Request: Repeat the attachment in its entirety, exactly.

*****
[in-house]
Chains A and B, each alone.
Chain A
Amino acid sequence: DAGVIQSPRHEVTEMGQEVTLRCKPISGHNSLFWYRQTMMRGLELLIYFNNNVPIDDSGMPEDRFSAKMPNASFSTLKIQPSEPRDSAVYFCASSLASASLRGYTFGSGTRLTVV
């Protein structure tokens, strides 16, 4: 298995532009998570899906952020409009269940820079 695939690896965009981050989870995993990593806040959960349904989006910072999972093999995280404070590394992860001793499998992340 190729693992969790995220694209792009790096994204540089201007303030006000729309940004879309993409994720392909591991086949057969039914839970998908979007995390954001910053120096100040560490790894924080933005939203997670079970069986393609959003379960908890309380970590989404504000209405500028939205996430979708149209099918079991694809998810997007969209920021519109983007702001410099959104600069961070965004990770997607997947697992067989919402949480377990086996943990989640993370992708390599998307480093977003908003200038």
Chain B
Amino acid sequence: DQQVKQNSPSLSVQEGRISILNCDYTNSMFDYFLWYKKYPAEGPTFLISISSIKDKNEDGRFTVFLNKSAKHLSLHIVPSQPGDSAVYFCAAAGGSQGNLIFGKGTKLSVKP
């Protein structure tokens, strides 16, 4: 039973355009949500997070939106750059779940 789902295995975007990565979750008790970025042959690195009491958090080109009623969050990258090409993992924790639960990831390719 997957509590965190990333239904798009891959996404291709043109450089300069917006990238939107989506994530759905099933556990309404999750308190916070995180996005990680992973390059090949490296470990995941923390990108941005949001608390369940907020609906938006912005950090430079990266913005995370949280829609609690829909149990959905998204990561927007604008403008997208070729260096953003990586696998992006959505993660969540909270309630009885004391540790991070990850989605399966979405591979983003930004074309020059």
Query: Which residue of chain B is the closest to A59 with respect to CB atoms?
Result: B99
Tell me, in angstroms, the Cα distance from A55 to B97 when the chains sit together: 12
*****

[in-house]
Chains A and B, each alone.
Chain A
Amino acid sequence: DAGVIQSPRHEVTEMGQEVTLRCKPISGHNSLFWYRQTMMRGLELLIYFNNNVPIDDSGMPEDRFSAKMPNASFSTLKIQPSEPRDSAVYFCASSLASASLRGYTFGSGTRLTVV
């Protein structure tokens, strides 16, 4: 298995532009998570899906952020409009269940820079 695939690896965009981050989870995993990593806040959960349904989006910072999972093999995280404070590394992860001793499998992340 190729693992969790995220694209792009790096994204540089201007303030006000729309940004879309993409994720392909591991086949057969039914839970998908979007995390954001910053120096100040560490790894924080933005939203997670079970069986393609959003379960908890309380970590989404504000209405500028939205996430979708149209099918079991694809998810997007969209920021519109983007702001410099959104600069961070965004990770997607997947697992067989919402949480377990086996943990989640993370992708390599998307480093977003908003200038």
Chain B
Amino acid sequence: DQQVKQNSPSLSVQEGRISILNCDYTNSMFDYFLWYKKYPAEGPTFLISISSIKDKNEDGRFTVFLNKSAKHLSLHIVPSQPGDSAVYFCAAAGGSQGNLIFGKGTKLSVKP
């Protein structure tokens, strides 16, 4: 039973355009949500997070939106750059779940 789902295995975007990565979750008790970025042959690195009491958090080109009623969050990258090409993992924790639960990831390719 997957509590965190990333239904798009891959996404291709043109450089300069917006990238939107989506994530759905099933556990309404999750308190916070995180996005990680992973390059090949490296470990995941923390990108941005949001608390369940907020609906938006912005950090430079990266913005995370949280829609609690829909149990959905998204990561927007604008403008997208070729260096953003990586696998992006959505993660969540909270309630009885004391540790991070990850989605399966979405591979983003930004074309020059």
Query: Which residue of chain B is the closest to A59 with respect to CB atoms?
Result: B99
Tell me, in angstroms, the Cα distance from A55 to B97 when the chains sit together: 12